on change bar support in HTML+

Lou Burnard (lou@vax.ox.ac.uk)
Mon, 01 Nov 1993 11:26:06 +0000

The new spec for HTML+ (which is wonderful in many ways) proposes a
CHANGED element to mark both the beginning and end of that part of a
document which might be side-lined or red-lined or otherwise marked as
changed. It also proposes two (different) elements for passages which
are marked as having been deleted or added, as in legal texts (it says)
when for example deleted text may actually be printed with strike though

I am very happy with the idea of supporting these facilities in HTML+
but I have a few comments on the mechanisms proposed.

Of the three tags proposed, only CHANGED will allow you to deal easily
with a case where a change starts in one paragraph and ends in another.
(When this was touched on in earlier discussion here, I think someone
said flatly that as far as he/she was concerned, a correction that
spanned two paragraphs was two corrections so what was the beef?).
Leaving aside, for the moment, the mechanism proposed to do this, I
think it's more than likely that passages to be marked as deleted or
added will span paragraphs in exactly the same way as passages to be
marked as CHANGED. Is one supposed to nest multiple occurrences of them
within a CHANGED ... CHANGED element-pair when that happens?

Secondly, one very obvious application for such elements might be for
simple version control. A browser could be instructed to display or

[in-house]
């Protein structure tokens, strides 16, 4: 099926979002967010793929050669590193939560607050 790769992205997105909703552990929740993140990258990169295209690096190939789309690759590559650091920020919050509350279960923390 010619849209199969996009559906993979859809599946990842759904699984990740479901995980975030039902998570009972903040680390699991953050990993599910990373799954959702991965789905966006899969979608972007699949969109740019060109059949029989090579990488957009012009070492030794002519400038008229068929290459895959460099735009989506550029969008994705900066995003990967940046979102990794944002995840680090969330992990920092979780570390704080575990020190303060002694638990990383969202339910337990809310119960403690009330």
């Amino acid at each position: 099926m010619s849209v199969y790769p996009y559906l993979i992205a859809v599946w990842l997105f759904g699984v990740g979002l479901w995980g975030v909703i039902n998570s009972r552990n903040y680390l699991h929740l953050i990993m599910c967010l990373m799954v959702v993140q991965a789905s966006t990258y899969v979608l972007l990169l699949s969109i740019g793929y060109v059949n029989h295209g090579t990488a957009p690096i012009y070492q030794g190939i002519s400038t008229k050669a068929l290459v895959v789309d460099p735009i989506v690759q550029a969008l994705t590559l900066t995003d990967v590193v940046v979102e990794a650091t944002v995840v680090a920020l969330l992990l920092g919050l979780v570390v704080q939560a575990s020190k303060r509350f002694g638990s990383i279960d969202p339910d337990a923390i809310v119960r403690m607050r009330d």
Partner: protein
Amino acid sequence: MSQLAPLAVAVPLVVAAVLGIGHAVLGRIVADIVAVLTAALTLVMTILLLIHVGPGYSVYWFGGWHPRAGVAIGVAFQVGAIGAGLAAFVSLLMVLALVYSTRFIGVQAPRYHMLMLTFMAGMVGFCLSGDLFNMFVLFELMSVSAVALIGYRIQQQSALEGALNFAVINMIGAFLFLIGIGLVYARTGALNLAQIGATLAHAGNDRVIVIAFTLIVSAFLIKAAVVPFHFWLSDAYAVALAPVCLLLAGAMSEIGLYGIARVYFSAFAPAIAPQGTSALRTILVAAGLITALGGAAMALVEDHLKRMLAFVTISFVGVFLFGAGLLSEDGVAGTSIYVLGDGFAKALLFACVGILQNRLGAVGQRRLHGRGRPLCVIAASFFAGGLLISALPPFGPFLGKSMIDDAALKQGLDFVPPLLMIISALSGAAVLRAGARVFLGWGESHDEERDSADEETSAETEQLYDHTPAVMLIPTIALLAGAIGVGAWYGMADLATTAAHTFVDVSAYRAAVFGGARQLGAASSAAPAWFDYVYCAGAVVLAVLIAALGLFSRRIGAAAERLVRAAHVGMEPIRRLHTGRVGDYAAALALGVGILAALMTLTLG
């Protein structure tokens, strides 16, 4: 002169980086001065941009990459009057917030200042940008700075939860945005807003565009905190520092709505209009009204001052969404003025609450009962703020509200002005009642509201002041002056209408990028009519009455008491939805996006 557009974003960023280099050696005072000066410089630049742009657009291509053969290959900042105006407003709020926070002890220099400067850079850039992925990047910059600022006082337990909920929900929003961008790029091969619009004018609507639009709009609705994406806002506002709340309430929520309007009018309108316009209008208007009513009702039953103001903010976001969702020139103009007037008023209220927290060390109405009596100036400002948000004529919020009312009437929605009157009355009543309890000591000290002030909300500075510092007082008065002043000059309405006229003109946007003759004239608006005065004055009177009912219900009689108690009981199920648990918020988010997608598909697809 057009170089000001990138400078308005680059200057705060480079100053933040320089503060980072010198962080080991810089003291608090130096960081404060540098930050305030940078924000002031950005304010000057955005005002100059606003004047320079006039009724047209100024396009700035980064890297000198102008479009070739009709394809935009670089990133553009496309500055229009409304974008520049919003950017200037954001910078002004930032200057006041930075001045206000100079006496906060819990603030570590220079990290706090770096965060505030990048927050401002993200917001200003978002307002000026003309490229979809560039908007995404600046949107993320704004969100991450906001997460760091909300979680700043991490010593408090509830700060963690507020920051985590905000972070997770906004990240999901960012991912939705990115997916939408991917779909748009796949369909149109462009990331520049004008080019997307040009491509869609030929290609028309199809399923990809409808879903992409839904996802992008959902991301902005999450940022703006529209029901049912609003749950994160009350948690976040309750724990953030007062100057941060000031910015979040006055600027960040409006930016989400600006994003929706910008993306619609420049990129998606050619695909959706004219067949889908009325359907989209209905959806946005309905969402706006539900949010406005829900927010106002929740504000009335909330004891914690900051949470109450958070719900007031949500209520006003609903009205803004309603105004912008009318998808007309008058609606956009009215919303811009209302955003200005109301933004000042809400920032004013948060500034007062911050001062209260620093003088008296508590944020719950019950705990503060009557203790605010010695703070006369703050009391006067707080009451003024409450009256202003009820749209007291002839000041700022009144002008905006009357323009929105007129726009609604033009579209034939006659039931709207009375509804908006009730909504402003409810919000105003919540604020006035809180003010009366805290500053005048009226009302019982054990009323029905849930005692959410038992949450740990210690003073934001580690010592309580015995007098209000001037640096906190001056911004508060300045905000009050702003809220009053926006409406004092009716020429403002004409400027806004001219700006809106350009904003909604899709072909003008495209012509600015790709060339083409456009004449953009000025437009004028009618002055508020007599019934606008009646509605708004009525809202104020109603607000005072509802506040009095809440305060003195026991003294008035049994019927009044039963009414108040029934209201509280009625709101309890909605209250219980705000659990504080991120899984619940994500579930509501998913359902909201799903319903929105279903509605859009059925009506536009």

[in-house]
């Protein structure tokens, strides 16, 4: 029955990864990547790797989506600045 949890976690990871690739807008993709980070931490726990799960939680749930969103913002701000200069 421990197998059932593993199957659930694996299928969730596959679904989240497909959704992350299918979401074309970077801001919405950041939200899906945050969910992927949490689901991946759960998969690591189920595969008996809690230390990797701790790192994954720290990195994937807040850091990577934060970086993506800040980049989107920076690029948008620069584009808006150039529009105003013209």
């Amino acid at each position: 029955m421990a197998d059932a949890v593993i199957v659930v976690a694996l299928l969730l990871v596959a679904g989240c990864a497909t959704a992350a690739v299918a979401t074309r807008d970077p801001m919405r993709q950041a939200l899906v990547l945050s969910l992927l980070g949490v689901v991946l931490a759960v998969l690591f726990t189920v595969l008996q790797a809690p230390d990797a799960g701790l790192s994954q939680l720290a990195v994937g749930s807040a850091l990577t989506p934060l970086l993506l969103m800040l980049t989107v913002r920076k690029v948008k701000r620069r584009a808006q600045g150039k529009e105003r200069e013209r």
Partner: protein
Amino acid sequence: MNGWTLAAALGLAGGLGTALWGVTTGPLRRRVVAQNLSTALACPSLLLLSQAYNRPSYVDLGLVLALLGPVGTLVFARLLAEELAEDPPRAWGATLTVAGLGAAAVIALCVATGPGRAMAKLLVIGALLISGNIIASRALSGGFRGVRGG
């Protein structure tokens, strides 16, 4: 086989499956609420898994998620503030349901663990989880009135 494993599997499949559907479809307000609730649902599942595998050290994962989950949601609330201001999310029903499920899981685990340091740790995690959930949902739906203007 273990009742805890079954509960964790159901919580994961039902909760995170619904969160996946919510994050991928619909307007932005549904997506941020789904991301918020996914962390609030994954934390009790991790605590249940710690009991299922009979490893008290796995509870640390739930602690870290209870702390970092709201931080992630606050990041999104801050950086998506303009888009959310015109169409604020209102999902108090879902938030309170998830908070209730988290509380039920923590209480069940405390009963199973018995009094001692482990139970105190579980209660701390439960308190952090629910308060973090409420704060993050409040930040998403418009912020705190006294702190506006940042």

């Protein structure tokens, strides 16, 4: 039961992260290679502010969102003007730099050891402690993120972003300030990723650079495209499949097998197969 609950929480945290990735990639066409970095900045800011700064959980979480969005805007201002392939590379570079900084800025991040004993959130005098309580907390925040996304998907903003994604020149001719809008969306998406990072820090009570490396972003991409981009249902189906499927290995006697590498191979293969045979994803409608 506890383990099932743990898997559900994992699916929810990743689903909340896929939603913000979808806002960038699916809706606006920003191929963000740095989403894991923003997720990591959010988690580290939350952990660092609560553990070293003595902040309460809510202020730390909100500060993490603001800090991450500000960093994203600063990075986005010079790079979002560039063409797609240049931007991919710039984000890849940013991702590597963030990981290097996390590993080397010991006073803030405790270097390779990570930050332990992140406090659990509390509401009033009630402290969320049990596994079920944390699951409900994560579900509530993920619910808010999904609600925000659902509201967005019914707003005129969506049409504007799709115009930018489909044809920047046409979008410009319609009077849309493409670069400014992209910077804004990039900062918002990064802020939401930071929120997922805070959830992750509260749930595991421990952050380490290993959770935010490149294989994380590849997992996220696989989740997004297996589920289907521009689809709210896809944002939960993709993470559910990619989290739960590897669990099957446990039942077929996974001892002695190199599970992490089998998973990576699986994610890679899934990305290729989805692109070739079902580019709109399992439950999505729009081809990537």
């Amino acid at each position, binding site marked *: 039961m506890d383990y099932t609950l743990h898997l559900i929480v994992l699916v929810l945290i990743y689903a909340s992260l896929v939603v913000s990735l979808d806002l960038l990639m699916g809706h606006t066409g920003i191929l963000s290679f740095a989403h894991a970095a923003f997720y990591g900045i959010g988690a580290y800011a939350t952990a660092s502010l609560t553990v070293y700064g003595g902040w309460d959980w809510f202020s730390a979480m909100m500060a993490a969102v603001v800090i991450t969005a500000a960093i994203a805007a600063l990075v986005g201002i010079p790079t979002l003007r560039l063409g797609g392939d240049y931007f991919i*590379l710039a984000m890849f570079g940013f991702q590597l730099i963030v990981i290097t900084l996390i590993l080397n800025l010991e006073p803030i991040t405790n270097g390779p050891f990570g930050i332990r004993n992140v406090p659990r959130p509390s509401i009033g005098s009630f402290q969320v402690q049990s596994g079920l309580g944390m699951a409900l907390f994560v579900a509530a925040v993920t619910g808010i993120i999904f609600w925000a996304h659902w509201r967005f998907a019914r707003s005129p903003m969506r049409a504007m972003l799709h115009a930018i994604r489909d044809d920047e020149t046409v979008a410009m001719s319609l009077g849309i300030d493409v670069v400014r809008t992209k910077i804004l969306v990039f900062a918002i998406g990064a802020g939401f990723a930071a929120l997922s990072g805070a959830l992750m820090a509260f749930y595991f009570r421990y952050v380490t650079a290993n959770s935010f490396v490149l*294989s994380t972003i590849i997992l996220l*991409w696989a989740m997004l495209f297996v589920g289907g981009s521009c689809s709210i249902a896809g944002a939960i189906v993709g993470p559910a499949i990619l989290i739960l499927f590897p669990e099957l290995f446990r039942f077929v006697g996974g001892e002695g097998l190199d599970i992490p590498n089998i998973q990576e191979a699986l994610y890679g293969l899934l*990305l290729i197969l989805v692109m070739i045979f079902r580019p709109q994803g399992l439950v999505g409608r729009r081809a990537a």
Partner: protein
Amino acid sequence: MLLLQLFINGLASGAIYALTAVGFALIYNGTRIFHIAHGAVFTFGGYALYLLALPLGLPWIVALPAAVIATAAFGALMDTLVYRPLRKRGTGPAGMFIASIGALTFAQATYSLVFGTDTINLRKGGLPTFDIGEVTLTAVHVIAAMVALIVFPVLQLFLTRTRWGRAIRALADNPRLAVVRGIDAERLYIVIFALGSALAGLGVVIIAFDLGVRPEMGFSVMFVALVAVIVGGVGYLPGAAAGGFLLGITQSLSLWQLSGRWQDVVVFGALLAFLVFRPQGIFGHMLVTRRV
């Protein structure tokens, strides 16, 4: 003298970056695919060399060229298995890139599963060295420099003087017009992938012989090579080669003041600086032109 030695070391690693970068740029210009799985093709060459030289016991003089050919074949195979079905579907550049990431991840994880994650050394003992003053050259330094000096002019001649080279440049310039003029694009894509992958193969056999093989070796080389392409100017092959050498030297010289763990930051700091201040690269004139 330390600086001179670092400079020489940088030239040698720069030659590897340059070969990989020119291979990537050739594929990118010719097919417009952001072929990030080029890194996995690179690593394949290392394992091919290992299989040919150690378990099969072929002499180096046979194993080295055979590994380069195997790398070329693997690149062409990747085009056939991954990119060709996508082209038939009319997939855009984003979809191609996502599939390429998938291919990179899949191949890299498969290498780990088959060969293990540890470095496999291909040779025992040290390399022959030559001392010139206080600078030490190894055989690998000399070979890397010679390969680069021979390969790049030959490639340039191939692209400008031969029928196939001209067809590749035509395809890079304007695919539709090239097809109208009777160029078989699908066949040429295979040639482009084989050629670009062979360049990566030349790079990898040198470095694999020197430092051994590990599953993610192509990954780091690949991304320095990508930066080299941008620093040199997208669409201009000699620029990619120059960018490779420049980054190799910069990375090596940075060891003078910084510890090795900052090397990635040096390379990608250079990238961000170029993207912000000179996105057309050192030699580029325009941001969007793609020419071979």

implement only changes relating to a particular version, for example, if
you added a VERSION attribute (or similar) on CHANGED. Maybe that's
already been proposed and rejected, but I missed the reasoning (one
objection is that it won't scale up very gracefully)

Now, as to the mechanism... Let's call the thing you want to mark a ZONE
(whether it's a zone of "stuff you wish to show as having been changed
in some unspecified way" or "stuff you wish the browser to mark as
having been deleted/added "). Current proposals are either

(a) mark the start and end of the zone with the same empty tag. The tag
marks a transition point. On one side you are outside the zone, on the
other you are inside. Only by a sequential scan of the context can a
browser tell where you are. If you do a hyper-leap into the middle of
the zone you won't have the faintest idea that you're in it.

(b) a variant on the above in which you mark the start of the zone with
a ZONE_START and the end with a ZONE_END tag. Again, if you land in the
middle you're in trouble, but now at least when you find a ZONE_* tag
you know which direction to look to find out what's happening. I'm not
sure whether this is worth the extra confusion.

In either case, to find the "other" one, you can use the SGML id/idref
mechanism. Each ZONE tag has an ID attribute, the value of which must be
unique within the document, and either a STARTS or an ENDS attribute,
the value of which is the same as the ID value on its 'partner'. Thus:

.... <zone id=z1 ends=z2>
this is inside a zone
<zone id=z2 starts=z1> this is outside

The value for whichever of starts/ends is not specified is understood to
be identical with the value for ID.

It should be stressed that this is all rather flakey from the SGML point
of view. An SGML parser won't help you beyond checking that there does
is exist somewhere a zone with the ID you supply on a a starts/ends
attribute. An SGML application won't recognize the stuff within
a zone as a meaningful element.

Lou Burnard